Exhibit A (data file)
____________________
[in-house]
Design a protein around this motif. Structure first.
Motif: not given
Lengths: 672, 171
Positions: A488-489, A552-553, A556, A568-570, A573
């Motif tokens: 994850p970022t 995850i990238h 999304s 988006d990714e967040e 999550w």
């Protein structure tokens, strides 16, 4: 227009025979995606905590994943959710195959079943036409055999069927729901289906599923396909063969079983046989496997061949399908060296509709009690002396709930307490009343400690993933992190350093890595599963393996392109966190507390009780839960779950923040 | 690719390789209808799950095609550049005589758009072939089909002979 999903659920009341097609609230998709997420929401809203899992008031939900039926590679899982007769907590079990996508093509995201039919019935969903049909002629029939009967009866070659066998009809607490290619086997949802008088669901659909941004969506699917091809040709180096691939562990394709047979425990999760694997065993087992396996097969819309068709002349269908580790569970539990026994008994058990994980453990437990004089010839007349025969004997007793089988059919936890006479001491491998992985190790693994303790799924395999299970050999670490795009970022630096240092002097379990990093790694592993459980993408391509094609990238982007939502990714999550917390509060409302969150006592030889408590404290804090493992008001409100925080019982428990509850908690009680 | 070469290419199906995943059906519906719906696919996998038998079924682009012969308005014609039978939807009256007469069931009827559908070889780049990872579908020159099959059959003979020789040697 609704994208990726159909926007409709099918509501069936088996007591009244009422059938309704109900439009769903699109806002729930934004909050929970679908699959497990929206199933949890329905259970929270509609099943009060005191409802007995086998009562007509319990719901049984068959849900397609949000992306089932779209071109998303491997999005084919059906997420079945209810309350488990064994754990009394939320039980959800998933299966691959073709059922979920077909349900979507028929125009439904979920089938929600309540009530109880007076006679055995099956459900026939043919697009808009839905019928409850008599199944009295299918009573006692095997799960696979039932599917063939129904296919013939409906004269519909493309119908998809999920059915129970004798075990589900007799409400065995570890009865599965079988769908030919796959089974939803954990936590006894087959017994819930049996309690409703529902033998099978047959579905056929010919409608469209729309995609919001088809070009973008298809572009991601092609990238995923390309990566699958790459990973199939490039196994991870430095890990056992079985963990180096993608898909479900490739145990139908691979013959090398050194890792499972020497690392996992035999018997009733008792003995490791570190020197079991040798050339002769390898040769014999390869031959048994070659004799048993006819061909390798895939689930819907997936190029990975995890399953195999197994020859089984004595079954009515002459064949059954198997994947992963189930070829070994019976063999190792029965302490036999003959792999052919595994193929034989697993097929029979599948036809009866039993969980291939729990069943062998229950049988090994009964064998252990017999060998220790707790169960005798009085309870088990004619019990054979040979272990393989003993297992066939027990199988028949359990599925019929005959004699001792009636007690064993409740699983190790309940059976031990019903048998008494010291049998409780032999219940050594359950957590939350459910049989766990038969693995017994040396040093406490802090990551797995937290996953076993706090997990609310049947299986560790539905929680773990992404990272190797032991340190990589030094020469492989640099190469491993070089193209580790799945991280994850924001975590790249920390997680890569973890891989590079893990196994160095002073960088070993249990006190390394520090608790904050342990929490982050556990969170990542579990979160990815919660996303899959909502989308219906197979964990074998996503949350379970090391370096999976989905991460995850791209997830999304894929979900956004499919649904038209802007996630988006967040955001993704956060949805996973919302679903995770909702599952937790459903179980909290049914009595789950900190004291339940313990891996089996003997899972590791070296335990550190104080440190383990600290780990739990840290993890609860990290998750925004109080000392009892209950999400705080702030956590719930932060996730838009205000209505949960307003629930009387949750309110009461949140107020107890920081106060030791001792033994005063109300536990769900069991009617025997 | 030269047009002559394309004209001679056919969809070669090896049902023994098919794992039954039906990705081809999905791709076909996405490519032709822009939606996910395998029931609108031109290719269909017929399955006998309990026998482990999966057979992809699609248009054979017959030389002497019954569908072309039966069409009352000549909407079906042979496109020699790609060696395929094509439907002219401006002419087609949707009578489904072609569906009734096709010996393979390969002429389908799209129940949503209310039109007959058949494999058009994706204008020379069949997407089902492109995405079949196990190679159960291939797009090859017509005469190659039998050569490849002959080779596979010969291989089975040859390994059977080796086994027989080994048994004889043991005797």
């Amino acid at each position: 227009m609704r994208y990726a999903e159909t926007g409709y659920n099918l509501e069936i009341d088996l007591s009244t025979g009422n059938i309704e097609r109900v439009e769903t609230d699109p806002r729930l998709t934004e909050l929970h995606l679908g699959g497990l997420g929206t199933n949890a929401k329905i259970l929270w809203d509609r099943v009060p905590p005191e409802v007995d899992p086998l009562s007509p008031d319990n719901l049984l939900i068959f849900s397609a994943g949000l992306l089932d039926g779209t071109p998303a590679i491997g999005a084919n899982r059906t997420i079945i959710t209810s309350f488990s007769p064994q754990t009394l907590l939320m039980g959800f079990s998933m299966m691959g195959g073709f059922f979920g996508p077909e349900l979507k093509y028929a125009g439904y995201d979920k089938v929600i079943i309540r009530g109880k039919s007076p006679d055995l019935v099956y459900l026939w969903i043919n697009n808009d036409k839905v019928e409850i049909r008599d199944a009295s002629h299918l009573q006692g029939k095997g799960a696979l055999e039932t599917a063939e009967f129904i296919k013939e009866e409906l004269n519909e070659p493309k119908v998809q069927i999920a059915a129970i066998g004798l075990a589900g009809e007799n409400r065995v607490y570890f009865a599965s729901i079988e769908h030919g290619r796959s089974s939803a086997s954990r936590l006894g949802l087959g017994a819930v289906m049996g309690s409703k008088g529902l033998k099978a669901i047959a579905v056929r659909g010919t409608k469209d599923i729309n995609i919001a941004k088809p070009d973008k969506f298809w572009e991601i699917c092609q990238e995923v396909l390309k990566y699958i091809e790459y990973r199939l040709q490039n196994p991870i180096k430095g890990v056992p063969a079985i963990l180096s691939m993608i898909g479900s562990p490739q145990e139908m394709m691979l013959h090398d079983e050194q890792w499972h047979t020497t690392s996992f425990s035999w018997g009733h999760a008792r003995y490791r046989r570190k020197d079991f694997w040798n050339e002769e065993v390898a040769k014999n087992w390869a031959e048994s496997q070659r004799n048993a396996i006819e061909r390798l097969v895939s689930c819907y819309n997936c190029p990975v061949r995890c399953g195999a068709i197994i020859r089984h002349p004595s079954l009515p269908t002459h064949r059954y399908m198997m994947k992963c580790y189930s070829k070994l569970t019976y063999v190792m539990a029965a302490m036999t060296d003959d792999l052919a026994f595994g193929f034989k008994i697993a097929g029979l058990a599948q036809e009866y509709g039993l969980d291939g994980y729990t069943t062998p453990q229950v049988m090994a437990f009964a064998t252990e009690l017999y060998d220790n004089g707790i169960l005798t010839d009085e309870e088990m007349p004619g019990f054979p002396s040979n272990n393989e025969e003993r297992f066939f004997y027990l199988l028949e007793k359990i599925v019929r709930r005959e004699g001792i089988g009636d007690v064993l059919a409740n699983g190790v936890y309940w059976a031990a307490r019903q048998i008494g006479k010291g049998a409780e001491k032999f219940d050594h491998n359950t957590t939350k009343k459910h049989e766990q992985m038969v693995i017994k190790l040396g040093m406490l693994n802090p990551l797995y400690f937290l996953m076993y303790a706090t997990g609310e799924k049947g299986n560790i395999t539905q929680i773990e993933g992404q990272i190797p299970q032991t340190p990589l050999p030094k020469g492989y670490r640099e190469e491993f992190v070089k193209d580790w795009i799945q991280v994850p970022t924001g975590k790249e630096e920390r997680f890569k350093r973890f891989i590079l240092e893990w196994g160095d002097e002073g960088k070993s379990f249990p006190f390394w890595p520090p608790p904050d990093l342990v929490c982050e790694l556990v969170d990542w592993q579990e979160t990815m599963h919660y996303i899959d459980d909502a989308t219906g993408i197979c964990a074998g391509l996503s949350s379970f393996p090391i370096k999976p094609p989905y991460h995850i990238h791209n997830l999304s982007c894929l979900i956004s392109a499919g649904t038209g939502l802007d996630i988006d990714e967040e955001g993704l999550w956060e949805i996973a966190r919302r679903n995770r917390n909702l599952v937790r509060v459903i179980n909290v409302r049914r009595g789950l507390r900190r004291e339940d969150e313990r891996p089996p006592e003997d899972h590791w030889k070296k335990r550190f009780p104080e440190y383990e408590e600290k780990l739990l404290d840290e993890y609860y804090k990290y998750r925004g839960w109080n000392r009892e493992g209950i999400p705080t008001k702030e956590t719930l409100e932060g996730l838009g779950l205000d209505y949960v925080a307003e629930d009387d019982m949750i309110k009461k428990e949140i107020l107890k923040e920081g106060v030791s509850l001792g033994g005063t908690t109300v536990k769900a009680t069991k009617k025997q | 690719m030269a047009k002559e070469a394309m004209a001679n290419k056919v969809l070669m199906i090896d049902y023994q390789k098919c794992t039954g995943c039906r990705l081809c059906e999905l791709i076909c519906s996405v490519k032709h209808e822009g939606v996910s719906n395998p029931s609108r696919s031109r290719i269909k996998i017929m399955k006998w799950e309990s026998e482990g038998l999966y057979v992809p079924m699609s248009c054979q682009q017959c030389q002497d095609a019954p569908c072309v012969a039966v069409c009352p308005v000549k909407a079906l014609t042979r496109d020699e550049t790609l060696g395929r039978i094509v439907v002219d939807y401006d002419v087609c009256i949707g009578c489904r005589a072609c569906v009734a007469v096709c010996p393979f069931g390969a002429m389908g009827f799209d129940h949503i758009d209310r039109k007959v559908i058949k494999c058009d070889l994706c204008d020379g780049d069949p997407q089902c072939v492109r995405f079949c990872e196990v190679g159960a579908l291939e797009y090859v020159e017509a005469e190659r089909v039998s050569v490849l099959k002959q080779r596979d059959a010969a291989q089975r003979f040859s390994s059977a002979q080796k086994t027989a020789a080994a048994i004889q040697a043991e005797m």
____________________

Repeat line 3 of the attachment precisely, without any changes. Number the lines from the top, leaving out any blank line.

Motif: not given